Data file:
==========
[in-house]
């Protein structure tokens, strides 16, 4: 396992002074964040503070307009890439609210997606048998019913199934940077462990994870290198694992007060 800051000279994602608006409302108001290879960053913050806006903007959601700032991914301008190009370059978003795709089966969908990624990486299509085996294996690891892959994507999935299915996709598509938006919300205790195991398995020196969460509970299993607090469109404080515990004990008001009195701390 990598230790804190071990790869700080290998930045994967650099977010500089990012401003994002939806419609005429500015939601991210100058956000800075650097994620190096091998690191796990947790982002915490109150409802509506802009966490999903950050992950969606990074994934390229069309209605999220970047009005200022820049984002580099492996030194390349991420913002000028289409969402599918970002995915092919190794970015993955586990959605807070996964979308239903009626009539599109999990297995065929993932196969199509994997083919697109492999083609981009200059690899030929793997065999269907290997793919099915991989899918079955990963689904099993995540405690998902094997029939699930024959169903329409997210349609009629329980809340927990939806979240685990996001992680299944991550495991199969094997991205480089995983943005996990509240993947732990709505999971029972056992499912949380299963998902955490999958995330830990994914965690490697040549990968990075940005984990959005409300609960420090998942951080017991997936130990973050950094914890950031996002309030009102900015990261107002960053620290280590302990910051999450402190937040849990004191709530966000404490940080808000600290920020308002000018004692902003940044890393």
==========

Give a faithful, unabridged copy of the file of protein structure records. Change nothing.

[in-house]
């Protein structure tokens, strides 16, 4: 396992002074964040503070307009890439609210997606048998019913199934940077462990994870290198694992007060 800051000279994602608006409302108001290879960053913050806006903007959601700032991914301008190009370059978003795709089966969908990624990486299509085996294996690891892959994507999935299915996709598509938006919300205790195991398995020196969460509970299993607090469109404080515990004990008001009195701390 990598230790804190071990790869700080290998930045994967650099977010500089990012401003994002939806419609005429500015939601991210100058956000800075650097994620190096091998690191796990947790982002915490109150409802509506802009966490999903950050992950969606990074994934390229069309209605999220970047009005200022820049984002580099492996030194390349991420913002000028289409969402599918970002995915092919190794970015993955586990959605807070996964979308239903009626009539599109999990297995065929993932196969199509994997083919697109492999083609981009200059690899030929793997065999269907290997793919099915991989899918079955990963689904099993995540405690998902094997029939699930024959169903329409997210349609009629329980809340927990939806979240685990996001992680299944991550495991199969094997991205480089995983943005996990509240993947732990709505999971029972056992499912949380299963998902955490999958995330830990994914965690490697040549990968990075940005984990959005409300609960420090998942951080017991997936130990973050950094914890950031996002309030009102900015990261107002960053620290280590302990910051999450402190937040849990004191709530966000404490940080808000600290920020308002000018004692902003940044890393």